A former LIRR conductor and union leader is the latest convicted railroad fraudster to request a second trial based on evidence that most disability cases in question were legitimate, court documents show.
Joseph Rutigliano, 68, of Holtsville is serving 8 years in federal prison for his role in what federal prosecutors have called a massive scheme to defraud the U.S. Railroad Retirement Board's occupational disability system.
A jury in 2013 convicted Rutigliano of charging several Long Island Rail Road retirees $1,000 apiece to help them fill out phony disability applications, and also for lying about his own disability.
But in a motion for a new trial filed Tuesday, Rutigliano's lawyer said new evidence shows "no fraud had been committed and no loss had been sustained" by the retirement board.
Just as co-defendant Dr. Peter Lesniewski did in his motion for a new trial earlier this month, Rutigliano's lawyer, Joseph Ryan, pointed to statistics, first uncovered by Newsday last year, showing that nearly all of the LIRR retirees who reapplied for disability benefits after having them terminated because they were examined by doctors convicted of fraud have been, again, approved.
"With the new evidence, the defense would have been able to emasculate the government's bedrock contention that under the RRB regulations the applicant had to be 'unable to work' to the point of being confined to a 'wheelchair' in order to be eligible for the occupational disability pension," Ryan wrote.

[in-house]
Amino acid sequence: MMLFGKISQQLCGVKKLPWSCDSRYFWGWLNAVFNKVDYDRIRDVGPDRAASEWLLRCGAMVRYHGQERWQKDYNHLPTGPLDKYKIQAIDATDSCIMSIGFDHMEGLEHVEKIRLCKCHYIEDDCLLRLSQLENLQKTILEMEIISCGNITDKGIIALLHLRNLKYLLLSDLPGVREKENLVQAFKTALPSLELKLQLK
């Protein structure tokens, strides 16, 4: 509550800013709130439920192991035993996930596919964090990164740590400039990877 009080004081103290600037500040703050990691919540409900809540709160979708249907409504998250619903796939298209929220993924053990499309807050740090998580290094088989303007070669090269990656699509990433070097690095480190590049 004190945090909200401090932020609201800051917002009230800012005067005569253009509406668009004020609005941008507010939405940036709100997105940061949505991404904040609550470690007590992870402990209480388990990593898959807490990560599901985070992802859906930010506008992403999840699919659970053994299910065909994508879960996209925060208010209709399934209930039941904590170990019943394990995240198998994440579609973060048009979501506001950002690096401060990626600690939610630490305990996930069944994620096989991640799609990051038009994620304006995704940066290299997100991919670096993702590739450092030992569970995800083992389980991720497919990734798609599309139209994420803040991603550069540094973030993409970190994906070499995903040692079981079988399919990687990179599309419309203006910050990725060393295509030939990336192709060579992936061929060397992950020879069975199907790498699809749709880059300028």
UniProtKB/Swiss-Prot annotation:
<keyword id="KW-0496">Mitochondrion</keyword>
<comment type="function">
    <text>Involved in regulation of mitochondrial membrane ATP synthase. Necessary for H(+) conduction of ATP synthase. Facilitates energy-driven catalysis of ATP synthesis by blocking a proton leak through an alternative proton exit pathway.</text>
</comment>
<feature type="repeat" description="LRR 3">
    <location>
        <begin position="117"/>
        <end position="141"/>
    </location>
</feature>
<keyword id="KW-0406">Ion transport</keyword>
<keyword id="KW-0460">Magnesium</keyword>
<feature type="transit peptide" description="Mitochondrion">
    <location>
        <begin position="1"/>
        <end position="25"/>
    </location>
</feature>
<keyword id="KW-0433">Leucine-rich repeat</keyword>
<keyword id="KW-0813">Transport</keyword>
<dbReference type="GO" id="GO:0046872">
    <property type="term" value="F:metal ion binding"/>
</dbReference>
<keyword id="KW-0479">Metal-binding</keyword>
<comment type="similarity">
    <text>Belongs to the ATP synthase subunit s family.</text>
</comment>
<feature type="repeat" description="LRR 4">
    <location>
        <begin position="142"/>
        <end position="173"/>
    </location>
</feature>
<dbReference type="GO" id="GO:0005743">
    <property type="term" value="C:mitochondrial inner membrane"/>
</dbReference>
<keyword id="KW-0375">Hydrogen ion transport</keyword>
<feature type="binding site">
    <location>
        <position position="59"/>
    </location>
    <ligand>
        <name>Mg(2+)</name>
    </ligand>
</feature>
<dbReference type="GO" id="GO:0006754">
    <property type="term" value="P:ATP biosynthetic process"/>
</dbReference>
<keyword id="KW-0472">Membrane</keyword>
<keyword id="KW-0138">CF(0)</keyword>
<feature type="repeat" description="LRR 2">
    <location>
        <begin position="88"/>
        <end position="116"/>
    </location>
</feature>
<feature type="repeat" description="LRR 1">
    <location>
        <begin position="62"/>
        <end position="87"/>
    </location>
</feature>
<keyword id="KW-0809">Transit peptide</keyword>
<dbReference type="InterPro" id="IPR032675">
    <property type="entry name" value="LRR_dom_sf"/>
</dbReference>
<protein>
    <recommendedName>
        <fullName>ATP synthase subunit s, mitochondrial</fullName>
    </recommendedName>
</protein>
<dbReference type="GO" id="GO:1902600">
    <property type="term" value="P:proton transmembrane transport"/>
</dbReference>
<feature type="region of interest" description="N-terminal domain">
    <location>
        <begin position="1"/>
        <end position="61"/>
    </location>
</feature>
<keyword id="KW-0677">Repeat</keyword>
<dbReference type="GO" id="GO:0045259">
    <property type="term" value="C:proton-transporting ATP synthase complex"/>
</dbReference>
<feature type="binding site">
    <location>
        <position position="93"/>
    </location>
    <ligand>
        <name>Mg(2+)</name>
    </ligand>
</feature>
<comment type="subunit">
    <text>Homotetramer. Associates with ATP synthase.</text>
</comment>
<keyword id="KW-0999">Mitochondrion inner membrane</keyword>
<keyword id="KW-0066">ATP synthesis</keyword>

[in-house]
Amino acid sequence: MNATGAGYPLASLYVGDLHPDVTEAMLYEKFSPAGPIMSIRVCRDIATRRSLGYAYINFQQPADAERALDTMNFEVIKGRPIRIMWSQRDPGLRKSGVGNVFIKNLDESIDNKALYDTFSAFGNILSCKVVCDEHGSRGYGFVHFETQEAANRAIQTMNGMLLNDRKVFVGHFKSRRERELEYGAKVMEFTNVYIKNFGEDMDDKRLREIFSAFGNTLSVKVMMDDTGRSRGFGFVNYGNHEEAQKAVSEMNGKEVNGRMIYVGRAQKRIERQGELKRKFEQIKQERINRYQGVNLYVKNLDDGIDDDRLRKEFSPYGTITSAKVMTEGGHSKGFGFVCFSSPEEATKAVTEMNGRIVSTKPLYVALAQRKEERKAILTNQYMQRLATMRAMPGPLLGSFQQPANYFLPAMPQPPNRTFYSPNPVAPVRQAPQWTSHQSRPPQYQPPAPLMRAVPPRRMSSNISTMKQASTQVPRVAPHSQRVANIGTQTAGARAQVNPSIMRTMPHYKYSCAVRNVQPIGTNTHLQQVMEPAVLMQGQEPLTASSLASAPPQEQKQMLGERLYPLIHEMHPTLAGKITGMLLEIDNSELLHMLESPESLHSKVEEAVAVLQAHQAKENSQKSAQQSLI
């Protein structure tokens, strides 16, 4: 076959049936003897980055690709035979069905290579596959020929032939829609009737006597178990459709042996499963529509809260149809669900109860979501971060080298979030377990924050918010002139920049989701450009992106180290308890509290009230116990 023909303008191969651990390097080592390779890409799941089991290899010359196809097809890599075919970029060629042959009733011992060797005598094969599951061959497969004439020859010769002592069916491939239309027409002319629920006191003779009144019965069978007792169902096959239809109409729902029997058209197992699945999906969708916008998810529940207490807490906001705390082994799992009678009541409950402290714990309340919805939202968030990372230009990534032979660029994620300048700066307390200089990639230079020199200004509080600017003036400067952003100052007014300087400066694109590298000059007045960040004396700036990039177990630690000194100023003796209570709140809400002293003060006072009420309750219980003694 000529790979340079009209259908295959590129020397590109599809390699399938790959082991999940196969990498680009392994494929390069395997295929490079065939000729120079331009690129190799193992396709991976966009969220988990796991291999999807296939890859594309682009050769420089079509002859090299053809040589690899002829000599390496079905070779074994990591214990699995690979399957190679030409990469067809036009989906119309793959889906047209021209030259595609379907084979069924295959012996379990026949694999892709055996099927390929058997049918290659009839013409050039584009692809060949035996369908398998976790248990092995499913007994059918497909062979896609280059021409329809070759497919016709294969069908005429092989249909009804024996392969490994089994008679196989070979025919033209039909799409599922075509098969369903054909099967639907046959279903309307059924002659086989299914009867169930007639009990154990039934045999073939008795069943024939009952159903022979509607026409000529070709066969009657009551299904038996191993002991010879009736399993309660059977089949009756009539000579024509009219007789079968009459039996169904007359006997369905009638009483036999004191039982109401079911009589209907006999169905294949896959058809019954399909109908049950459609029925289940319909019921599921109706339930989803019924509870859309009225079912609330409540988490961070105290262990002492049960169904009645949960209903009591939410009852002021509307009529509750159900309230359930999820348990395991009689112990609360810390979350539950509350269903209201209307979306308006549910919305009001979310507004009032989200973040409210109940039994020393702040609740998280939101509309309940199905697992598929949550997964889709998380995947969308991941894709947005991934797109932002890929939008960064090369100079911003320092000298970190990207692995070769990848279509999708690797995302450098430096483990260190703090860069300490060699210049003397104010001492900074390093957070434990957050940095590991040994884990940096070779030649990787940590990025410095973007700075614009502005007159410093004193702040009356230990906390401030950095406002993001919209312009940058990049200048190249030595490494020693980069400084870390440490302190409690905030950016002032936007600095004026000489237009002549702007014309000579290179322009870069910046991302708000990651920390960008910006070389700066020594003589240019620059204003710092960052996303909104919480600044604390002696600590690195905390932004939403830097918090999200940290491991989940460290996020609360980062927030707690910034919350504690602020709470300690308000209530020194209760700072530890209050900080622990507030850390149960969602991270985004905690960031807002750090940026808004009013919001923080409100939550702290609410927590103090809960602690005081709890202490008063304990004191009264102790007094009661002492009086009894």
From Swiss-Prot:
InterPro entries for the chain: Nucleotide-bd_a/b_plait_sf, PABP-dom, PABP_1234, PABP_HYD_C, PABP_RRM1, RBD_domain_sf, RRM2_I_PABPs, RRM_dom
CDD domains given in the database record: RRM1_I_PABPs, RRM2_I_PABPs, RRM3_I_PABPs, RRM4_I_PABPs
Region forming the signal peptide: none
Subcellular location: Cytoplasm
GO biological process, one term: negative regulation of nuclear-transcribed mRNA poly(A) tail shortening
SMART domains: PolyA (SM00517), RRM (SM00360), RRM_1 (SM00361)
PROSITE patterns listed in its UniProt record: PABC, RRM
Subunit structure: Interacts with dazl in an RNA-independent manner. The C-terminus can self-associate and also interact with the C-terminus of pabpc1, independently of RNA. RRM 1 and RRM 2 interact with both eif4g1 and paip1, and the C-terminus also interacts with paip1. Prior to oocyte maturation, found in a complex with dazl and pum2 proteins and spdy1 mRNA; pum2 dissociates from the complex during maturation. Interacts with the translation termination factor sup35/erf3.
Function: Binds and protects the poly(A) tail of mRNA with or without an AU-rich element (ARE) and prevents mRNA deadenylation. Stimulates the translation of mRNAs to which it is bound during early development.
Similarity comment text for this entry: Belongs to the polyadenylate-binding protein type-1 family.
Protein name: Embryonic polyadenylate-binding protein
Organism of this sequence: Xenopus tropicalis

A spokesman for Preet Bharara, the U.S. attorney for the Southern District of New York, declined to comment on the filing.
Responding to defendants' appeals in March, prosecutors argued that whether the LIRR retirees were truly disabled was "irrelevant," because they specifically paid Rutigliano and their doctors to help them lie in their applications.
The federal prosecution stemmed from the high rate of LIRR retirees who received disability benefits, even as some maintained physically active lifestyles. Eventually, 33 defendants were convicted, including 29 former LIRR employees.
Prosecutors said Rutigliano himself collected $409,498 in fraudulent disability benefits despite regularly playing golf at Sunken Meadow State Park.
In the motion for a new trial, Ryan brought up Retirement Board Inspector General Martin Dickman's testimony to Congress in May, in which he clarified that the board's standard for disability is only the "inability to perform a single job task."